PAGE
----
When two or more people buy property jointly, they can take steps so that the share of the first one of them to die passes automatically to the other, irrespective of their wills. Well, at least they can do so in Scotland and in England and Wales, but not in Spain.
In this short article, I look at the different types of joint property ownership and how jointly-owned property is passed on death in England and Wales, Scotland, and Spain.
Bear in mind that
- ‘English’ refers to concepts, language, texts, etc. from England and Wales only, as opposed to other jurisdictions where they may exist or apply.
- ‘Spanish’ refers to concepts, language, texts, etc. from Spain’s derecho común (subject to the Civil Code) only, and does not include the local laws of specific regions.
Passing jointly-owned property on death in England and Wales
In England and Wales, there are two ways in which property can be jointly owned: as joint tenants and as tenants in common.
As joint tenants (sometimes called ‘beneficial joint tenants’), each co-owner owns the whole property and has equal rights to the whole property.
As tenants in common, each co-owner may own equal (50:50) or different shares of the property.
It is possible for joint tenants to change a joint tenancy into a tenancy in common in their lifetime. This is called ‘severing the joint tenancy’ and is a straightforward process which does not require both co-owners’ agreement. One co-owner may notify the other in writing about their intention to sever the joint tenancy. If the property is registered with the Land Registry, they can download and fill in a form called SEV. A joint tenancy cannot be severed by a statement in a will.
How does property owned as joint tenants pass on death?
On the death of a co-owner, the property automatically goes to the other co-owner by right of survivorship. This means that joint tenants have an automatic right to the property on the other co-owner’s death and the passing of the property is unaffected by their will if they leave one.
How does property owned as tenants in common pass on death?
On the death of a co-owner, their share in the property forms part of their estate. It does not pass to the other co-owner automatically; it passes according to their will or according to the intestacy rules if they did not leave a will, or if their will does not deal with their whole estate.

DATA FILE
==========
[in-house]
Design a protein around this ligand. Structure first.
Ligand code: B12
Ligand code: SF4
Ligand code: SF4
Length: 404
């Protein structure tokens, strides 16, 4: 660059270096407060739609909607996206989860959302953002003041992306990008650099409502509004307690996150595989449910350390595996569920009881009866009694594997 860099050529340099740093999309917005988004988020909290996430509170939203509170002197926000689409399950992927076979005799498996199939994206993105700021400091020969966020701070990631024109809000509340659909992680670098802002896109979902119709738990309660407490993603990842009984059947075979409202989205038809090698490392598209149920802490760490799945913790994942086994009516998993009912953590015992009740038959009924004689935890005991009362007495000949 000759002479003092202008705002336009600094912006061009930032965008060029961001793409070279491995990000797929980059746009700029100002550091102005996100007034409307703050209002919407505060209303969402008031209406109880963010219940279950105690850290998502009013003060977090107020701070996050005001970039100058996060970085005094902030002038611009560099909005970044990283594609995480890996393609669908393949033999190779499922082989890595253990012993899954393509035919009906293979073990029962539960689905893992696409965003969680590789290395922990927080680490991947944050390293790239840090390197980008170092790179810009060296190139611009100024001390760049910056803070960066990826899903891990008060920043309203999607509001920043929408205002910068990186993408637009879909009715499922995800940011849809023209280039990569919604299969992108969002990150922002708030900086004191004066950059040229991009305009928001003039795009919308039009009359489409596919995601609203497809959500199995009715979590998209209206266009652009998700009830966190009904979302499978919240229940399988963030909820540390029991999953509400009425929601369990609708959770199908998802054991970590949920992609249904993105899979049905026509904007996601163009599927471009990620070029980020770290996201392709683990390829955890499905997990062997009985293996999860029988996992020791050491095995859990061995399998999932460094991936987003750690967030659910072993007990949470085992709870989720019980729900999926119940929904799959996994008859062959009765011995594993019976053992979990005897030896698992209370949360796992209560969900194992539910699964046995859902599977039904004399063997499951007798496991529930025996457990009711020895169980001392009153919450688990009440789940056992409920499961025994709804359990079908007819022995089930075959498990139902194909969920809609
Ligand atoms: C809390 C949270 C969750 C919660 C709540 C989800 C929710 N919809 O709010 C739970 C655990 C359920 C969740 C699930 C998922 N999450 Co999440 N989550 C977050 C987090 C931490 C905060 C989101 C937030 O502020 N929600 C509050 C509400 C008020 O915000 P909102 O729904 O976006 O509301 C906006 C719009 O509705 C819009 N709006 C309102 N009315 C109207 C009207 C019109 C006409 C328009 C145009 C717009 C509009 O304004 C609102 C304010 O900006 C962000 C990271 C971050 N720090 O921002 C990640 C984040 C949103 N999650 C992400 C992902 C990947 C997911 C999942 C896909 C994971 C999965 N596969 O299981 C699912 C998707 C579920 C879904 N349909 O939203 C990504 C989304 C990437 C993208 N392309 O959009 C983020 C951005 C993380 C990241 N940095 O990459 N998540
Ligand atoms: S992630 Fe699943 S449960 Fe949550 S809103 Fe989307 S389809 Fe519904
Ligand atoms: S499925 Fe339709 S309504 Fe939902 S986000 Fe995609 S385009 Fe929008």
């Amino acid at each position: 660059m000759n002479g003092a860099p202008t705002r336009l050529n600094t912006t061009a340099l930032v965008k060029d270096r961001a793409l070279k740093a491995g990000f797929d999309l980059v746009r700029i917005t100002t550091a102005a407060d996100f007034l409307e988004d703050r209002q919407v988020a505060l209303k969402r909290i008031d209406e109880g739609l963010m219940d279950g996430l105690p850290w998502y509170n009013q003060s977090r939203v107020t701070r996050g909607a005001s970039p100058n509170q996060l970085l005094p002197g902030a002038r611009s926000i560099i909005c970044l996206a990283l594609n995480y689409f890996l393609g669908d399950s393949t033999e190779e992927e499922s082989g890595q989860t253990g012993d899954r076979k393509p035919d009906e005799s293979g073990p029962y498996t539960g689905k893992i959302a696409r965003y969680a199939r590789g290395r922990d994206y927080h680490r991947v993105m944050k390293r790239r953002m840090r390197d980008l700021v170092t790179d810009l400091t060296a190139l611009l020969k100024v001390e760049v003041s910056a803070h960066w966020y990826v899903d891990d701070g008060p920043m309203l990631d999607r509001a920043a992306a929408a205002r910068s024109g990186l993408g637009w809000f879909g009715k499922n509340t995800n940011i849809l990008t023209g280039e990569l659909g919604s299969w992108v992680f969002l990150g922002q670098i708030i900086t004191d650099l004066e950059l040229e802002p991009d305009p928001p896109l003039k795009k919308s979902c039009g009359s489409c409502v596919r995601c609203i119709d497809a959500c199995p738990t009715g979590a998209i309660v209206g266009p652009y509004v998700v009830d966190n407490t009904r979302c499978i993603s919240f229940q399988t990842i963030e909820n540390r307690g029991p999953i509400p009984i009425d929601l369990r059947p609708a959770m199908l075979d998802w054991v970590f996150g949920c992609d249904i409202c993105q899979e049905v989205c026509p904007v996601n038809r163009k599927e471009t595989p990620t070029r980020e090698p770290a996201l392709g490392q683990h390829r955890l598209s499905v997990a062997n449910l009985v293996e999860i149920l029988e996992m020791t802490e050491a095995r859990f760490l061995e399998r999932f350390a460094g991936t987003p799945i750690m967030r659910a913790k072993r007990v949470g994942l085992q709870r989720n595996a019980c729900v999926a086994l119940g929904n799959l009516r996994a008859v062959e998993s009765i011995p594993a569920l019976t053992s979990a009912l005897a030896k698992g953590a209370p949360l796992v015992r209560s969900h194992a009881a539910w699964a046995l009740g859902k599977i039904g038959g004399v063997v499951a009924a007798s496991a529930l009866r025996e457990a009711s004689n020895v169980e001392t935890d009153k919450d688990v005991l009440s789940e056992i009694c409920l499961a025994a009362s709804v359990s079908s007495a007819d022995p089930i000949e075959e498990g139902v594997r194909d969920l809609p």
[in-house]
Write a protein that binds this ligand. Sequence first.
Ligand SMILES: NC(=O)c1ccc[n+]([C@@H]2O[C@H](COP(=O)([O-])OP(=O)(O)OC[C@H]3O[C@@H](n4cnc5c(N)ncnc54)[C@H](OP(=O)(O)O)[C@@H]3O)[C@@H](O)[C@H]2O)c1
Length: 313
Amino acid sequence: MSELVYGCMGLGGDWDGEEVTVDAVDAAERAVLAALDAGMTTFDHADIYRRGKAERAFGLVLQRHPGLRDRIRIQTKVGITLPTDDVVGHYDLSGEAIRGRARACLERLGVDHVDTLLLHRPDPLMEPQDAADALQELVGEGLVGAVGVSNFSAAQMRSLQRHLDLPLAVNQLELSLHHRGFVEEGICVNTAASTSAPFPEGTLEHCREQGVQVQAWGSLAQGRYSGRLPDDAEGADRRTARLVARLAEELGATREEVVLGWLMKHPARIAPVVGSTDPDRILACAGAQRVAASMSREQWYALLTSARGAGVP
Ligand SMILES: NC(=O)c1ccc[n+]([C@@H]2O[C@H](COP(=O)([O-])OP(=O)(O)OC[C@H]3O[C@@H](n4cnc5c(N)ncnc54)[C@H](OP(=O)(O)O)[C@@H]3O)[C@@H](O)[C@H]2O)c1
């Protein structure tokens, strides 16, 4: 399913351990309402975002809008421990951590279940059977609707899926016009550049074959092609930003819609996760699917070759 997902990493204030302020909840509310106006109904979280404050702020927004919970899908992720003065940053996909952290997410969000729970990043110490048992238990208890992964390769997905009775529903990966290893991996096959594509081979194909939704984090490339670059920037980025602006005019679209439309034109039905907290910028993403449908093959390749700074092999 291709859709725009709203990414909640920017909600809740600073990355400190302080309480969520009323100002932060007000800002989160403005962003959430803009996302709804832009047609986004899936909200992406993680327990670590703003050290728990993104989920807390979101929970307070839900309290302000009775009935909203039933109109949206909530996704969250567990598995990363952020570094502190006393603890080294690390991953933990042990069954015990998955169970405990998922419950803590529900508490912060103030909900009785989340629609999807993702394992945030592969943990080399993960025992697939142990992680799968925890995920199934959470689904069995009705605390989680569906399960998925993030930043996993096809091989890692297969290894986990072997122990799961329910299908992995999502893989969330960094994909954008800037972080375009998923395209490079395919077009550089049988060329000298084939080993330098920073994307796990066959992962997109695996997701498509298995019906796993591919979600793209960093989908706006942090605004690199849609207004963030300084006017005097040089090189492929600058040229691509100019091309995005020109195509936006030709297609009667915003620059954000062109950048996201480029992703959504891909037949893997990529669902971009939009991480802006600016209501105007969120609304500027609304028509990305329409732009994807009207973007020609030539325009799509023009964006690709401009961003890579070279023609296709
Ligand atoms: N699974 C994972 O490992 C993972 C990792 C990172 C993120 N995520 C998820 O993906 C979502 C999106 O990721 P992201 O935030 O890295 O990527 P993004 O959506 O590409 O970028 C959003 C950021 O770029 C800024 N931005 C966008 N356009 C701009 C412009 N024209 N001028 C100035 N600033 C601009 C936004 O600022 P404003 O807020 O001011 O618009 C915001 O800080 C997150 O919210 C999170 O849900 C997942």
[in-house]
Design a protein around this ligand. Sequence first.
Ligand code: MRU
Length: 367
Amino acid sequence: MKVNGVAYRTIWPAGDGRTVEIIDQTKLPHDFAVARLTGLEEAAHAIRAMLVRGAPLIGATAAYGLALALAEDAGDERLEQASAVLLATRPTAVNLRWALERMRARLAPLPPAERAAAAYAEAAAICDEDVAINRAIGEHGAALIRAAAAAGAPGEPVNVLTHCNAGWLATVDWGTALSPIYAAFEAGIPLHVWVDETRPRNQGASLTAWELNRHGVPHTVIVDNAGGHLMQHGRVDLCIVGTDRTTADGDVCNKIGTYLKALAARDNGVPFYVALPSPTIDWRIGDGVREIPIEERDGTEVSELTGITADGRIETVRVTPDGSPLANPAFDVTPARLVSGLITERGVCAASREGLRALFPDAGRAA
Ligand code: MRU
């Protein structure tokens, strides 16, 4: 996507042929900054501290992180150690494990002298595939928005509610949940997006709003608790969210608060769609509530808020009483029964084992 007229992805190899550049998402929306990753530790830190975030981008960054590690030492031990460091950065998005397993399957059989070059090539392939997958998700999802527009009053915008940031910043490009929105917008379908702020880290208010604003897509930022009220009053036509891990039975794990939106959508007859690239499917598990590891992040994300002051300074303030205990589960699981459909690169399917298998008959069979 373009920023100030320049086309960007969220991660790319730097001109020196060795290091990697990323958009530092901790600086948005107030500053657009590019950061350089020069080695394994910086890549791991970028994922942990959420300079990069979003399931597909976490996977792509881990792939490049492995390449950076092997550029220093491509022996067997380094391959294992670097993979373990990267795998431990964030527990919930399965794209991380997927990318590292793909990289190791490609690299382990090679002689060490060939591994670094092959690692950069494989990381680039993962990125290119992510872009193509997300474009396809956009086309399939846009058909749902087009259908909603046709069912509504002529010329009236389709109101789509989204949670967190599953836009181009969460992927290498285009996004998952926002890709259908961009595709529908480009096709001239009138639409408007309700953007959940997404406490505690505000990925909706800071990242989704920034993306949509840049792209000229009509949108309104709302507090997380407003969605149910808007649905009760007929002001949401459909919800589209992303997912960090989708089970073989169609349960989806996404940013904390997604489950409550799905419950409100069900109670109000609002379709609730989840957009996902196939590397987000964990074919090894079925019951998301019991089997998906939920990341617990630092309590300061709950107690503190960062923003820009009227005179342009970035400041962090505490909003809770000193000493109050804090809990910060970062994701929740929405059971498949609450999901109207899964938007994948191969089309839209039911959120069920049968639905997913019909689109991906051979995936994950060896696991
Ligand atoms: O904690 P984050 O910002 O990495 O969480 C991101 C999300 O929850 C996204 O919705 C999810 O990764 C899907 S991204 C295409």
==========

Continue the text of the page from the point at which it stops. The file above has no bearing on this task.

Passing jointly-owned property on death in Scotland
In Scotland, property can be jointly owned by two or more joint owners. When the jointly-owned asset is heritable property (e.g. a house), including or not including a specific legal clause (special destination or survivorship destination clause) in the title deeds will determine whether or not the property will pass automatically to the surviving joint owner on the death of the other joint owner.
Joint owners with a survivorship destination clause. By including a survivorship destination clause into a deed in joint names when buying a property, the share on the property of the first owner to die will pass automatically to the surviving joint owner. This type of clause is deemed to be a contractual (not testamentary) destination; one joint owner cannot unilaterally revoke it and the property will pass as per the destination, irrespective of the terms in the joint owners’ wills.
Joint owners (with no survivorship destination clause). If the joint owners decide not to include a survivorship destination clause, their share on the property will not pass automatically to the surviving joint owner; it will pass according to their will or according to the intestacy rules, as applicable.
Special destinations are not exclusively related to heritable property and they can apply to moveable property, too.
Passing jointly-owned property on death in Spain
In Spain, things work a bit differently, as joint tenancies do not exist. Therefore, a co-owner’s share on a property never passes automatically to the other co-owner by reason of survivorship.
Assets pass on death according to testamentary succession or intestacy rules, as applicable, in a four-step process:
(1) When a person dies, those entitled to inherit are notified about the death.
(2) Those entitled to inherit receive an offer of an inheritance, which they can accept or reject.
(3) They accept the inheritance by signing a deed before a Spanish notario, formally becoming heirs.
(4) They receive the inheritance.
For Spanish concepts with no equivalent in the law of England and Wales, check my article ‘Nine curiosities related to Spanish wills and succession’.
The information included in this article is correct at the time of publication/last update. This article is for informational purposes only, does not constitute legal advice and should not be relied upon as such. Any reliance you place on such information is strictly at your own risk. ICR Translations will not be liable for any loss or damage arising from loss of data or profits as a result of, or in connection with, the use of this website.
Irene Corchado Resmella, a Spanish translator based in Edinburgh. English-Spanish sworn translator appointed by the Spanish Ministry of Foreign Affairs, Chartered Linguist and member of the CIOL. As a legal translator, I focus on Private Client law, specialising in Wills and Succession across three jurisdictions (England & Wales, Spain, and Scotland). Affiliate member of STEP. ICR Translations is registered with the ICO and has professional indemnity insurance.